#1 - The large ponderosa pine before you is about 300 years old. Under ordinary living conditions, ponderosas can live 300-350 years. Compare size, height, and general appearance to those trees out on the flow. All trees are approximately the same age.
#2 - Hot molten lava flowed through the pine forest, surrounding or covering most existing life in its path. Present plants, rooted in wind-deposited ash, demonstrate nature’s ability to revegetate the lava flow area.
#3 - Wild currant, rock penstemon, and Indian paintbrush are common residents of this arid climate. Visit Lava Cast Forest in early summer when the purple penstemon and red-orange paintbrush combine with the black rock to create a sight to stir the human spirit.
#4 - Liquid pahoehoe lava poured out of a series of vents beyond the tree line. Supply exceeded drainage, and a large lake formed where you now stand. As the eruption subsided, downflow drainage occurred, decreasing the lake depth to 10-15 feet.
#5 - A downed tree has lost its struggle for survival. In death as in life, it is useful as a refuge, food, and “Animal Inn” to animals, birds, and insects. The wood gradually decays and assists in making new soil which will support a future forest.
#6 - Tree molds were formed as lava spilled through the pine forest, flowing against the upstream side of the tree trunks. Lava Cast Forest derives its name from the concentration of these features. A more accurate explanation, however, defines a cast as having filled a mold, while a mold is formed around an object such as a tree.
#7 - Proof that two trees once grew together remains in the half-molds. Generally, the open side faces downhill and indicates lava flow direction. The holes extend 10 to15 feet under the lava into soil which once supported the vanished forest.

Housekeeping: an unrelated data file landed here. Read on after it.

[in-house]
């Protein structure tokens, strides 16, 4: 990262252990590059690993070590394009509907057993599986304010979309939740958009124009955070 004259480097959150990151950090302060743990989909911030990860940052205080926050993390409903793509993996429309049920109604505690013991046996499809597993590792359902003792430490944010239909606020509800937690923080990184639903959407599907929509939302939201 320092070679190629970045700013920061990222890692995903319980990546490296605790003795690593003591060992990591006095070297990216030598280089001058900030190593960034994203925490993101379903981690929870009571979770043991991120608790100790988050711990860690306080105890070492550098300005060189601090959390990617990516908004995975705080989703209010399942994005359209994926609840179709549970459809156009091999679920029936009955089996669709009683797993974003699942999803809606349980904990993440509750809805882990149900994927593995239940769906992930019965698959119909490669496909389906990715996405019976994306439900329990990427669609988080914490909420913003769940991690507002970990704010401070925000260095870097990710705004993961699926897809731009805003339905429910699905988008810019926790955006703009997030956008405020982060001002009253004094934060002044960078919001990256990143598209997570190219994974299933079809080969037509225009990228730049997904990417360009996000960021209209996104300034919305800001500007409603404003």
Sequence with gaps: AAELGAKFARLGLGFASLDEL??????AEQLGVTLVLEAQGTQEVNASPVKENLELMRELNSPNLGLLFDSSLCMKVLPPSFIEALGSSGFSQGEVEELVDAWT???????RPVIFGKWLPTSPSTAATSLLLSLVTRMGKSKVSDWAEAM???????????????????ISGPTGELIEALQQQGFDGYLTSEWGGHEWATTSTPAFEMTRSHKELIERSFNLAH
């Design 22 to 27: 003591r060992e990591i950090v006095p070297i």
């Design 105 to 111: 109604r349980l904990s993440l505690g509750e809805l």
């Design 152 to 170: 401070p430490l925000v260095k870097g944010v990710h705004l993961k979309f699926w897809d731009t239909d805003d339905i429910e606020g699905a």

#8 - Three trees came from this single stump. The holes join at the base.
#9 - Fissures containing a series of vents extend almost seven miles in a northwesterly direction. This line of weakness in the earth’s crust originates at East Lake in the caldera of Newberry Volcano. At this trail stop, Newberry Volcano occupies the entire skyline. Fissures should not be confused with cooling cracks clearly visible from here.
#10 - When lava surged through the stands of pine, some trees were pushed over by its force. Trees that were snapped off were carried away. Others remained, anchored by their roots. Horizontal molds show this feature.
#11 - From this rock rim, notice an isolated forested island, or “kipuka”, surrounded by an expansive sea of lava. The island contains a cluster of much older cinder cones completely encircled by the younger lava. Your rocky perch is also a remnant of an older lava flow.
#12 - During flood stage, the lava current moved a clump of trees to where you see the jumbled pattern in the mold at this site. Lava, reheated by the burning trees, dribbled into the space between the original mold and charred wood. This pattern is often mistaken for bark impressions.

Waymark is confirmed to be publicly accessible: yes

Parking Coordinates: N 43° 49.050 W 121° 17.340

Access fee (In local currency): 5.00

Requires a high clearance vehicle to visit.: no

Requires 4x4 vehicle to visit.: no

Public Transport available: no

Website reference: Not listed

Visit Instructions:
No specific requirements, just have fun visiting the waymark.